Lleyton Hewitt hasn't changed. But Australia has. Australia's near universal love for our best, most inspirational tennis player of the last 20 years has led Australian Open organisers to designate Tuesday as official 'Come On' day -- in honour of Hewitt's signature motivational phrase.
Hewitt on Tuesday plays Australian James Duckworth. Many are adopting a poultry theme and calling the match his potential swansong. This will be Hewitt's 20th consecutive Australian Open appearance. His first, in 1997, is largely forgotten but was quite the day out for a pimply kid.
The anonymous 15-year-old played Spaniard Sergei Bruguera, who would go on to win back-to-back French Opens in 1993 and '94.
“He played to beat me, not just to play a good match,” Bruguera said recently of that match.
"You could see he had a different mentality than the rest. He surprised me that he kept adjusting his game throughout the match to compete better and better. He went into the match thinking he would do anything to try to win. You could see his champion mentality even at that age.”
Most Australians missed that match. But Hewitt caught the whole nation's attention a year later in 1998 at an event called the Adelaide International. Lacking rankings points or results of note, local boy Hewitt got a wildcard into the tournament.
He used it wisely, beating Aussie Scott Draper, Aussie doubles legend Mark Woodforde and American Vince Spadea. In the semi finals young Lleyton faced a bloke you might have heard of. His name is Andre Agassi and he was at the peak of his powers.
"For me this was not only a dream but it was reality that I was out there and going to share a tennis court with Andre Agassi, the guy I'd idolised for so many years," Lleyton recalled in this excellent video which you can find on the Australian Open website.
"I remember before the match sitting in the locker room with Andre. I didn’t speak to him at all, I didn’t shake hands with him. Brad Gilbert was his coach at the time and Andre could not have looked more relaxed in the locker room sitting reading a book right before the match and Brad Gilbert is sitting next to him giving me the biggest daggers you’ve ever seen for half an hour straight.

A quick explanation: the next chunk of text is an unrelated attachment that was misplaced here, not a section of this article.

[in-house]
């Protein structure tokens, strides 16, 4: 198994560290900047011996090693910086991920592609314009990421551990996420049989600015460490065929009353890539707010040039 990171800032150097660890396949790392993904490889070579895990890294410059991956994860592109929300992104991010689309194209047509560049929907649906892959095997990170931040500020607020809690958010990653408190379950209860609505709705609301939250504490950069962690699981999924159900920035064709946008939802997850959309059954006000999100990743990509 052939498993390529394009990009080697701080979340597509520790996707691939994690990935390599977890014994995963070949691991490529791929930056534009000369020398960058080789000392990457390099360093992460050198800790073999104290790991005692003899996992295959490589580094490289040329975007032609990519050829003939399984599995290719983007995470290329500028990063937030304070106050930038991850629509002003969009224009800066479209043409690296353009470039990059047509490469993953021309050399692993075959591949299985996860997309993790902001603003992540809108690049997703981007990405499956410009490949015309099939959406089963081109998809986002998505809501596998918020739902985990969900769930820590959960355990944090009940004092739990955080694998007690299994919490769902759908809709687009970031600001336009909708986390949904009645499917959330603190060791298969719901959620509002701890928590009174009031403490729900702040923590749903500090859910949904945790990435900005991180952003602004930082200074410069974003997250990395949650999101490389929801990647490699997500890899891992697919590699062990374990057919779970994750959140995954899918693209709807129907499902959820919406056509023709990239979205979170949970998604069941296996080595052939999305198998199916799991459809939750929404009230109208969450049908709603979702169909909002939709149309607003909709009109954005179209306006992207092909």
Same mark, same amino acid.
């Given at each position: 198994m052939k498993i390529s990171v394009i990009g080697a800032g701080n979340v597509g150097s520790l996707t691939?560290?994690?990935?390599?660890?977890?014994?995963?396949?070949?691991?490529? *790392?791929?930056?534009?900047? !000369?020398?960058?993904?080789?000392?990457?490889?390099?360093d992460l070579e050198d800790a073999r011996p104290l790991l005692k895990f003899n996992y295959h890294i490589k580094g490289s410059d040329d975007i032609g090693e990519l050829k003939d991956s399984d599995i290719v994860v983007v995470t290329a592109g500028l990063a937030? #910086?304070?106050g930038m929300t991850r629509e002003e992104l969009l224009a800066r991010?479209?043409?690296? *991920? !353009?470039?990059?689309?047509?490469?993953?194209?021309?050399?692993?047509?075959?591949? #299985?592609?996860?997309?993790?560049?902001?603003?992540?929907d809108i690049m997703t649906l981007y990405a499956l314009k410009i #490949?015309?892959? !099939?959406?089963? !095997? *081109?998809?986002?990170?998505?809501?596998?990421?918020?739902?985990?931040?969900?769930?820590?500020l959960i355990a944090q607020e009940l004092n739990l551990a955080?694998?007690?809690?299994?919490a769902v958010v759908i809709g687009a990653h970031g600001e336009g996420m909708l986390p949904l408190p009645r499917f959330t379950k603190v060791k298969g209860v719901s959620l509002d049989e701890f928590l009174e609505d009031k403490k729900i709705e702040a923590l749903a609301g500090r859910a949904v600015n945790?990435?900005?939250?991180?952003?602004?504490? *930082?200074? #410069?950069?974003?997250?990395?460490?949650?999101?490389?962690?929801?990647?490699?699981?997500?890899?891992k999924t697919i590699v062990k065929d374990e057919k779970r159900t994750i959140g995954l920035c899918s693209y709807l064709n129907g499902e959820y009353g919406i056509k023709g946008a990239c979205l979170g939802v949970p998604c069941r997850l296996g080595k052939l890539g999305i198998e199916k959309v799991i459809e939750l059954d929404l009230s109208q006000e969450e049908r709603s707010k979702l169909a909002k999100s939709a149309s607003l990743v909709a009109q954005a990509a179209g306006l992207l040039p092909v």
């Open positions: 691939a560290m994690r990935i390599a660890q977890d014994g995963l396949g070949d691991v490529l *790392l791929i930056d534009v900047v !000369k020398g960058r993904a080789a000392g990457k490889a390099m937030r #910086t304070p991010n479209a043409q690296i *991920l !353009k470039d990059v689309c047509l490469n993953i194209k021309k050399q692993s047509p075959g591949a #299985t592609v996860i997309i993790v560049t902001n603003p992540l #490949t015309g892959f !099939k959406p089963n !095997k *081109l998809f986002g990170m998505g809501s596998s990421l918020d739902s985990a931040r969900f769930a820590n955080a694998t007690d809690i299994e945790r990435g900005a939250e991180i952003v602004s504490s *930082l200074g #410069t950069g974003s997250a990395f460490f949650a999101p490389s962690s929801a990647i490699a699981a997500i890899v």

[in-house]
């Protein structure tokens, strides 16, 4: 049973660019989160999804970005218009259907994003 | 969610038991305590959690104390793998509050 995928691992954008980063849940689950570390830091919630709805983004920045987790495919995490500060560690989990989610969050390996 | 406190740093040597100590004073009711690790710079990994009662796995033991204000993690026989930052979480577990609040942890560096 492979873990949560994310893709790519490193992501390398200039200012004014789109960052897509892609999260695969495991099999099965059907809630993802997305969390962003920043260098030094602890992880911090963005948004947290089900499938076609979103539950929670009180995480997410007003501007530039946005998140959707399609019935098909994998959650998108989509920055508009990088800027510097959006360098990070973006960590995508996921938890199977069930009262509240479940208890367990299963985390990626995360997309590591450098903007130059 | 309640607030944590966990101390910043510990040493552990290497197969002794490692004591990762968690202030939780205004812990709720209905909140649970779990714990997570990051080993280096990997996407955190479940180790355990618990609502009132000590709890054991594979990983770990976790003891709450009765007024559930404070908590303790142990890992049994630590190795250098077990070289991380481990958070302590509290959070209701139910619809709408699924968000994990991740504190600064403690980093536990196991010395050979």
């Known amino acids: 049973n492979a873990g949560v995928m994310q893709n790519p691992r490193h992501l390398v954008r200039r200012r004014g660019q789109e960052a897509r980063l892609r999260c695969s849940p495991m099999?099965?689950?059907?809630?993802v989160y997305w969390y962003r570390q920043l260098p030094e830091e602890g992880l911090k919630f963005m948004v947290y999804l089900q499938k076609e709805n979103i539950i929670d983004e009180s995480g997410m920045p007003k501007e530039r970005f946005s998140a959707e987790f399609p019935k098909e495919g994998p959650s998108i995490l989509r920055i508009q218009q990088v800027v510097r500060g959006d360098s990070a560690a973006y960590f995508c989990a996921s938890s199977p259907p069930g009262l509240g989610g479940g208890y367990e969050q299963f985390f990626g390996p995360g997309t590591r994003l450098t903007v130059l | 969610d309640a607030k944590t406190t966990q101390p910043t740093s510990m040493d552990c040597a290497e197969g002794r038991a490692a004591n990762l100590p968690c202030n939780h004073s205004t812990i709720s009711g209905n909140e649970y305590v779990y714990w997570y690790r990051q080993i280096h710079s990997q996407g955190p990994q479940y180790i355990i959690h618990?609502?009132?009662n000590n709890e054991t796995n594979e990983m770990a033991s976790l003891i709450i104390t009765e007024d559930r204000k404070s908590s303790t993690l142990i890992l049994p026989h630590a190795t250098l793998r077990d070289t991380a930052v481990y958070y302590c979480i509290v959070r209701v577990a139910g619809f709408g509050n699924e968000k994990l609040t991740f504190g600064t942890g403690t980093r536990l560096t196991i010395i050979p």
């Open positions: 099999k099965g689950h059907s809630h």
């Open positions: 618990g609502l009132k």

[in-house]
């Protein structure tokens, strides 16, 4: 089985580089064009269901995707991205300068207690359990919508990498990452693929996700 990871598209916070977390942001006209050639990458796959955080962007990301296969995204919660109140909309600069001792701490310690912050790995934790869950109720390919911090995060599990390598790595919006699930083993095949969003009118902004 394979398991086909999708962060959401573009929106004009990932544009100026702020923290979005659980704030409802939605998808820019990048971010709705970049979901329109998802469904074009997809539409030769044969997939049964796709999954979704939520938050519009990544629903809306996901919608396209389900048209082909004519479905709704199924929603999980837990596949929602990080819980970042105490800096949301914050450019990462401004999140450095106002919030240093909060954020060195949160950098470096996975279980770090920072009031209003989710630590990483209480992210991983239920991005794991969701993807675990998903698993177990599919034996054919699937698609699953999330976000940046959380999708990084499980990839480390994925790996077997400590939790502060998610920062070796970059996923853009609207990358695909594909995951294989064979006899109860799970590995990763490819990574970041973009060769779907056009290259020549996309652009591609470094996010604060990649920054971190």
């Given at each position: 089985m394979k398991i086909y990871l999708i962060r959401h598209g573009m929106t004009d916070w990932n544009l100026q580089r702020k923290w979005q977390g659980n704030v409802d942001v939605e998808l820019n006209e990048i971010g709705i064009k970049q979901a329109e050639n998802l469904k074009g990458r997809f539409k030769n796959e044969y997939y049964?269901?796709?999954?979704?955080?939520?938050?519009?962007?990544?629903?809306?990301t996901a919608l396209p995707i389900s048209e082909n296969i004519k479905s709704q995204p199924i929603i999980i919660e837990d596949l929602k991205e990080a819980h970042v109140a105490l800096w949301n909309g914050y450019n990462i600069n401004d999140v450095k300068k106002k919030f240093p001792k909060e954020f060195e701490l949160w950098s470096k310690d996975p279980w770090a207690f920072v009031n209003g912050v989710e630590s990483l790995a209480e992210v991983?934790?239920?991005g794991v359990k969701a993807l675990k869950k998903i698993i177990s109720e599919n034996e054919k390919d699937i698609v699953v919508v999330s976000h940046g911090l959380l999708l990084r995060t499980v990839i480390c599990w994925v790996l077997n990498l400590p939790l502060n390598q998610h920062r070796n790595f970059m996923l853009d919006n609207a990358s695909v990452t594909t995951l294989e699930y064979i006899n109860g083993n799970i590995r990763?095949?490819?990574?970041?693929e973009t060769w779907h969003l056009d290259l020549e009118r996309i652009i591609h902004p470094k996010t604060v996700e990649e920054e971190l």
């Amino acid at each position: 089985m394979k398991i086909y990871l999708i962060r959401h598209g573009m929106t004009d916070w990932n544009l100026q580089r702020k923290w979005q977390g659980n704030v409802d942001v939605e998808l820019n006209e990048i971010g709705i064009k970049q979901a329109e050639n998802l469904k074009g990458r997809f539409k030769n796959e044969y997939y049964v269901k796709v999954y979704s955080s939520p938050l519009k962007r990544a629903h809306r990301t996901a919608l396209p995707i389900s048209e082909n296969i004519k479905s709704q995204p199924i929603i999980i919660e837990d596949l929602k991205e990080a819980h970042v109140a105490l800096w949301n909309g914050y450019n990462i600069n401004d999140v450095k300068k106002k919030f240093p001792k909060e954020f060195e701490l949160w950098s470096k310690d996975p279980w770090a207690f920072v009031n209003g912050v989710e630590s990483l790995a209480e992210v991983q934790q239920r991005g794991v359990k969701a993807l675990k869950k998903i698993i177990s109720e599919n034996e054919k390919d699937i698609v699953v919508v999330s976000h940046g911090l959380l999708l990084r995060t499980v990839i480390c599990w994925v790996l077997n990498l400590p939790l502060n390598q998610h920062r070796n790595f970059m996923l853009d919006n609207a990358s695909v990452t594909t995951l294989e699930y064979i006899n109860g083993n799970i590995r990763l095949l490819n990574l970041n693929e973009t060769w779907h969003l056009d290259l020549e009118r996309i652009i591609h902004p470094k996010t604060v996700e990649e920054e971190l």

"As I’m sitting there just shittin' myself that I gotta go out and play this guy, and I remember actually just as we were about to walk out on court just looking up at the skies and just pleading 'give me a game, please don’t embarrass me out there, just let me win one game'."
Hewitt won more than one game that day. He won the match, and in straight sets too.
"To this day I still don't know how I did it," Hewitt recalled recently.
"The belief to know that as a 16-year-old I could actually beat Andre Agassi, even when you get into a slight winning position, to believe you can actually go out there and finish it off.
"I can't complain except that I should have given him more respect," Aggasi said after the match.
And on reflection back here in the future in 2016, Australia should have given Lleyton Hewitt more respect down the years too. It's quaint now to think that many people didn't like Hewitt because of his overt, heart-on-sleeve displays of patriotism and self-motivation. Such things are normal now. In the late 1990s they were still perceived as a little OTT.
Hewitt became synonymous with the famous 'sock-puppet' gesture where he pointed his fingers at his eyes to help him focus. Some called him uncouth, but it wasn't even his gesture. He borrowed it from the Swede, Mats Wilander, who won three Australian Opens in his Grand Slam haul of seven.
Fact: It's technically called a 'Vicht Salute' but we prefer sock puppet.
To some, Hewitt always symbolised crudeness. Such judgments seem positively archaic in an era where our current leading male player, Nick Kyrgios, infamously discussed an opponent's bedroom habits in tones loud enough for the whole crowd to hear.
Lleyton never did anything like that. Not even close. A model family man today, he is, and more or less has always been, polite off the court and supremely motivated but fair on it -- give or take one or two minor indiscretions of the type most tennis players commit.
They say that Lleyton even still calls his original tennis coach Peter Smith "Mr Smith".
Lleyton Hewitt never had the biggest serve, the most piercing groundstrokes or the deftest touch on a tennis court. But his ticker won him Wimbledon, the US Open and the Davis Cup. That's the quality well which the Australian Open is celebrating on Tuesday with 'Come On' Day.
And Tuesday night will be 'Come On' night. And if Lleyton loses, we should all remember that passion and dedication and guts can still take you to some pretty worthwhile places in life -- and that those qualities shouldn't be mistaken for something more vulgar or insidious.